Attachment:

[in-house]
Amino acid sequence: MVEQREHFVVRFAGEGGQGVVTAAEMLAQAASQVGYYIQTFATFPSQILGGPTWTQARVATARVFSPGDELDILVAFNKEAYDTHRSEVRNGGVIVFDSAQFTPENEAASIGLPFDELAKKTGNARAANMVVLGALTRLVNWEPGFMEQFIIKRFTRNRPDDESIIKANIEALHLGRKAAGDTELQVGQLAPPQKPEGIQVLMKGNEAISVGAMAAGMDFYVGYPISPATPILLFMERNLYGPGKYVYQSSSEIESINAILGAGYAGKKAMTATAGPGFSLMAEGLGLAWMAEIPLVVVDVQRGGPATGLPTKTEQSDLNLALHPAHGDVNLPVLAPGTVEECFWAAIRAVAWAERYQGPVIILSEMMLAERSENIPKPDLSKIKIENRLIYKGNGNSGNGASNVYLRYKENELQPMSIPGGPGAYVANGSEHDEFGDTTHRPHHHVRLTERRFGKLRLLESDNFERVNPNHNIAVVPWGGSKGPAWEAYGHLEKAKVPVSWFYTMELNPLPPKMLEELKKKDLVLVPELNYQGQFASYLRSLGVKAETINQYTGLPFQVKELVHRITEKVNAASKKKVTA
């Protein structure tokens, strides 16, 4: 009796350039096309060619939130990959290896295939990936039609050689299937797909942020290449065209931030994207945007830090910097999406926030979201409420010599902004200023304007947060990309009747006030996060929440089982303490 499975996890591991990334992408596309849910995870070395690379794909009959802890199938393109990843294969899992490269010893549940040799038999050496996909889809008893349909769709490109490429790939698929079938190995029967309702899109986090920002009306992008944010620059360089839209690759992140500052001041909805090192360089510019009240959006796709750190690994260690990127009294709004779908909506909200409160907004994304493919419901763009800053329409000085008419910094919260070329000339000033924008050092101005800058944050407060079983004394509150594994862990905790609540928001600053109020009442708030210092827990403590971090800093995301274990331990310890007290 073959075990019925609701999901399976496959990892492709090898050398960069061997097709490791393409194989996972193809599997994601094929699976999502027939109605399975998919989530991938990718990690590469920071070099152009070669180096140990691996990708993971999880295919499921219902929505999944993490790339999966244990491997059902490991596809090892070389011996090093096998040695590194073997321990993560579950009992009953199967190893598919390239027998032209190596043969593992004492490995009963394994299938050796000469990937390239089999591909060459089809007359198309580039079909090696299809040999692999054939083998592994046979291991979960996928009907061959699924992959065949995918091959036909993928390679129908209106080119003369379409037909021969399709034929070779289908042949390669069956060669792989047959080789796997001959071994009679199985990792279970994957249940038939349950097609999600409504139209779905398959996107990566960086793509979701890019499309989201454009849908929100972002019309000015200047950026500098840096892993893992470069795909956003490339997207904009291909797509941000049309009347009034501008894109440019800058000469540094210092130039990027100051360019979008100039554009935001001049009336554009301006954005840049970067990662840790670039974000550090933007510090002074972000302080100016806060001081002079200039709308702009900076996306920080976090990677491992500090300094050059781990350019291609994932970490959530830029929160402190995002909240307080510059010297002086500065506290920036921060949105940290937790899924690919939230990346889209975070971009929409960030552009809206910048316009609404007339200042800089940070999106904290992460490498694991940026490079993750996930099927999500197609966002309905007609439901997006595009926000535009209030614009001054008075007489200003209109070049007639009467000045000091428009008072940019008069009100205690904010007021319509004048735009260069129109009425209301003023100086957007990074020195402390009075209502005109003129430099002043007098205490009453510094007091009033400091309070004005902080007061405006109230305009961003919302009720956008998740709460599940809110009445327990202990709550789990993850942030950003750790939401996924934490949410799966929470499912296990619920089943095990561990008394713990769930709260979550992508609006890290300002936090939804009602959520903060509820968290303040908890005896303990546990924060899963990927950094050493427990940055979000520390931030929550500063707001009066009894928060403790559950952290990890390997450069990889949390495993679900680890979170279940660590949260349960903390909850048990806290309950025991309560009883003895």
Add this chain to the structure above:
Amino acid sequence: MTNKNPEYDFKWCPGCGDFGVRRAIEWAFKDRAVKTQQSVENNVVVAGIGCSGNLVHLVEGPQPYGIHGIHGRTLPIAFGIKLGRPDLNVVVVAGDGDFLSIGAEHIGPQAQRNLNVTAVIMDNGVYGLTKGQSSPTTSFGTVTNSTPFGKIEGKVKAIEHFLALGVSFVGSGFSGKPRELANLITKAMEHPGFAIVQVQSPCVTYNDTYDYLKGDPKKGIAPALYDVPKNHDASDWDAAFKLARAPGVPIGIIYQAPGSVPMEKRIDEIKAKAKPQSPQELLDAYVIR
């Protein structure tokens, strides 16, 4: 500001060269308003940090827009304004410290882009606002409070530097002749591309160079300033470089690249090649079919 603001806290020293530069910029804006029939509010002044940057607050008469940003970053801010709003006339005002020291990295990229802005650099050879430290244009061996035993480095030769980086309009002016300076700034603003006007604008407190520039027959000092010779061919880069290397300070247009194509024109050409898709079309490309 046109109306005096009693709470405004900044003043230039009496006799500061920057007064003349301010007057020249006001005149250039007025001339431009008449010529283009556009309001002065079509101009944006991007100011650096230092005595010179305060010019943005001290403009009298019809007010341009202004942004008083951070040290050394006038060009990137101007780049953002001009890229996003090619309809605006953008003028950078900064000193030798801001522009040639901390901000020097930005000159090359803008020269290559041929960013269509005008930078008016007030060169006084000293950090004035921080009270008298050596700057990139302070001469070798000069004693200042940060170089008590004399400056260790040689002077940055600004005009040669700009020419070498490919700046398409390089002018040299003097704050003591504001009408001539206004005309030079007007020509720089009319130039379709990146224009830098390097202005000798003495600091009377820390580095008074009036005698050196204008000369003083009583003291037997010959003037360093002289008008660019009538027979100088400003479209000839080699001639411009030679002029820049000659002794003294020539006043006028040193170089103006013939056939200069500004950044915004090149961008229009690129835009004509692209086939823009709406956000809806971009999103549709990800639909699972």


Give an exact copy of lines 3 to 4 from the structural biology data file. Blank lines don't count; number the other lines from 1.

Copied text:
């Protein structure tokens, strides 16, 4: 009796350039096309060619939130990959290896295939990936039609050689299937797909942020290449065209931030994207945007830090910097999406926030979201409420010599902004200023304007947060990309009747006030996060929440089982303490 499975996890591991990334992408596309849910995870070395690379794909009959802890199938393109990843294969899992490269010893549940040799038999050496996909889809008893349909769709490109490429790939698929079938190995029967309702899109986090920002009306992008944010620059360089839209690759992140500052001041909805090192360089510019009240959006796709750190690994260690990127009294709004779908909506909200409160907004994304493919419901763009800053329409000085008419910094919260070329000339000033924008050092101005800058944050407060079983004394509150594994862990905790609540928001600053109020009442708030210092827990403590971090800093995301274990331990310890007290 073959075990019925609701999901399976496959990892492709090898050398960069061997097709490791393409194989996972193809599997994601094929699976999502027939109605399975998919989530991938990718990690590469920071070099152009070669180096140990691996990708993971999880295919499921219902929505999944993490790339999966244990491997059902490991596809090892070389011996090093096998040695590194073997321990993560579950009992009953199967190893598919390239027998032209190596043969593992004492490995009963394994299938050796000469990937390239089999591909060459089809007359198309580039079909090696299809040999692999054939083998592994046979291991979960996928009907061959699924992959065949995918091959036909993928390679129908209106080119003369379409037909021969399709034929070779289908042949390669069956060669792989047959080789796997001959071994009679199985990792279970994957249940038939349950097609999600409504139209779905398959996107990566960086793509979701890019499309989201454009849908929100972002019309000015200047950026500098840096892993893992470069795909956003490339997207904009291909797509941000049309009347009034501008894109440019800058000469540094210092130039990027100051360019979008100039554009935001001049009336554009301006954005840049970067990662840790670039974000550090933007510090002074972000302080100016806060001081002079200039709308702009900076996306920080976090990677491992500090300094050059781990350019291609994932970490959530830029929160402190995002909240307080510059010297002086500065506290920036921060949105940290937790899924690919939230990346889209975070971009929409960030552009809206910048316009609404007339200042800089940070999106904290992460490498694991940026490079993750996930099927999500197609966002309905007609439901997006595009926000535009209030614009001054008075007489200003209109070049007639009467000045000091428009008072940019008069009100205690904010007021319509004048735009260069129109009425209301003023100086957007990074020195402390009075209502005109003129430099002043007098205490009453510094007091009033400091309070004005902080007061405006109230305009961003919302009720956008998740709460599940809110009445327990202990709550789990993850942030950003750790939401996924934490949410799966929470499912296990619920089943095990561990008394713990769930709260979550992508609006890290300002936090939804009602959520903060509820968290303040908890005896303990546990924060899963990927950094050493427990940055979000520390931030929550500063707001009066009894928060403790559950952290990890390997450069990889949390495993679900680890979170279940660590949260349960903390909850048990806290309950025991309560009883003895």
Add this chain to the structure above: